Waldorf education is rooted in Rudolf Steiner’s picture of the child as a being of body, soul, and spirit. His intention was to found a school movement, based on spiritual wisdom, to renew the art of education so that modern children could develop the full range of their capacities and become free, self-reliant individuals capable of contributing fresh insights and cultural initiatives to the world.
Steiner developed the Waldorf curriculum as a means of helping the child’s spirit and soul to take proper hold of the body, to unfold fully the functions of thinking, feeling and willing and thereby to learn about the world and be active in it in a healthy and constructive way.
Waldorf education proceeds in three major steps as the child’s consciousness develops. Up to age 12, it is largely a pictorial and imaginative consciousness; from then on the element of reason arises.
Until age 12, the Waldorf curriculum works with the child’s imagination, utilizing fairy tales, legends, fables, Bible stories, ancient mythology and stories from many cultures. In the fifth and sixth grade, the transition is made to actual history and science. From then on, without losing its imaginative and artistic elements, the curriculum is presented in a more scientific manner, increasingly relying on direct observation, objective description and reflection in all subjects.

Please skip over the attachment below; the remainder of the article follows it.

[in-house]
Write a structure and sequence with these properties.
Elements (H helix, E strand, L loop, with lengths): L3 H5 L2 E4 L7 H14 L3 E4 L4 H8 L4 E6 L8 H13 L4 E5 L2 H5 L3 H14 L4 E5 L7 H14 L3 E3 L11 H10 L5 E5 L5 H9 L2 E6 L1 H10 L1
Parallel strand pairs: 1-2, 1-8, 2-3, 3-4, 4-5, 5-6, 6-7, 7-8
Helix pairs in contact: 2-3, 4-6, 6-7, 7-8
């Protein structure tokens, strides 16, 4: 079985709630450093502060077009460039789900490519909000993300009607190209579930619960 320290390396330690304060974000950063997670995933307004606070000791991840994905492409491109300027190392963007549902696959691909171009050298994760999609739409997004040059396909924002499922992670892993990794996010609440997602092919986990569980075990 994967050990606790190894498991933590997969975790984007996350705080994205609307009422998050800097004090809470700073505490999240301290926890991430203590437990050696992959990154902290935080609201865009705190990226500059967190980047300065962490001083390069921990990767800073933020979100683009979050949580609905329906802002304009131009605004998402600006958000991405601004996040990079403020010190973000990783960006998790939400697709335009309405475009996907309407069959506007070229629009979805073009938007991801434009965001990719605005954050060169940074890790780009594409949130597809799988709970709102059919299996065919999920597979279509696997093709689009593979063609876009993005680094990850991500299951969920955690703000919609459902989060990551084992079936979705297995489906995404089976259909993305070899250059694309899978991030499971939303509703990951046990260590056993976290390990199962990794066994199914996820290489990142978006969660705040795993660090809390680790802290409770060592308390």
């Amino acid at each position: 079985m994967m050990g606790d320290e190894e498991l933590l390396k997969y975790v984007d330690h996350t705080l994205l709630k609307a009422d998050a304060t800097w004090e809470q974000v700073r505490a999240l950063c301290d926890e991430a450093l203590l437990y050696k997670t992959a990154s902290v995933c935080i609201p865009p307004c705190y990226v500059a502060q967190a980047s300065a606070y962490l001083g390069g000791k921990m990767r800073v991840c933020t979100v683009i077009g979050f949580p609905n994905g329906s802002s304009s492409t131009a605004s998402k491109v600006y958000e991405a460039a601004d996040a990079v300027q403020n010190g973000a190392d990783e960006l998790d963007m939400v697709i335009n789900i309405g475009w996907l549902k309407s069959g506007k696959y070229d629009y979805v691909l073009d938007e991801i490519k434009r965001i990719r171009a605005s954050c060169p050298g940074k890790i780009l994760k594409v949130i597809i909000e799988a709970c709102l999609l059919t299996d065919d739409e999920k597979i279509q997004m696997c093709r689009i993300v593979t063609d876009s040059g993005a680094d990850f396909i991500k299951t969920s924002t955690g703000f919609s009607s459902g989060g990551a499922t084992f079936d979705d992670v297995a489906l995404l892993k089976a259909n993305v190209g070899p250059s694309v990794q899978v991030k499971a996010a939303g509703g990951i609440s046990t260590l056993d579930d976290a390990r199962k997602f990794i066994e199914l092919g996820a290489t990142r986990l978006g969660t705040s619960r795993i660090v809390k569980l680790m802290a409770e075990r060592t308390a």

In developing the first Waldorf School, Steiner set four conditions which are still characteristic today:
1) the school should be open to all children
2) the school should be coeducational
3) the school should be a unified 12-year school
4) the teachers should have primary control of the school, with minimal interference from the state or economic sources.
Waldorf Education…An Introduction by Henry Barnes, http://www.awsna.org/education-intro.html
Pine Hill Waldorf School Parent Handbook, http://www.jlc.net/~faiman/waldorf/handbook_philosophy.html